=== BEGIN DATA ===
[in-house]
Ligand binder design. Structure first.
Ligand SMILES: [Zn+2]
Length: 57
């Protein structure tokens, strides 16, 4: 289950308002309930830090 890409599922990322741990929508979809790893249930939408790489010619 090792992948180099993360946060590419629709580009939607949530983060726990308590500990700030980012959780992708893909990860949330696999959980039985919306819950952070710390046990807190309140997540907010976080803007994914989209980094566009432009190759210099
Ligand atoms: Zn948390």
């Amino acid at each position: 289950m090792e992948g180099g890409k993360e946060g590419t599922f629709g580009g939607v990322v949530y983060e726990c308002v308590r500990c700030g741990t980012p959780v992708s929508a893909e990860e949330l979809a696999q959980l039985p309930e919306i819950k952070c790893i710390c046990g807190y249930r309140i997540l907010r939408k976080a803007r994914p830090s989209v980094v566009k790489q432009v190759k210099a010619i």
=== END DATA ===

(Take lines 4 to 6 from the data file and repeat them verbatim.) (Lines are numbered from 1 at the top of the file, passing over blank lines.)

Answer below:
Length: 57
């Protein structure tokens, strides 16, 4: 289950308002309930830090 890409599922990322741990929508979809790893249930939408790489010619 090792992948180099993360946060590419629709580009939607949530983060726990308590500990700030980012959780992708893909990860949330696999959980039985919306819950952070710390046990807190309140997540907010976080803007994914989209980094566009432009190759210099
Ligand atoms: Zn948390």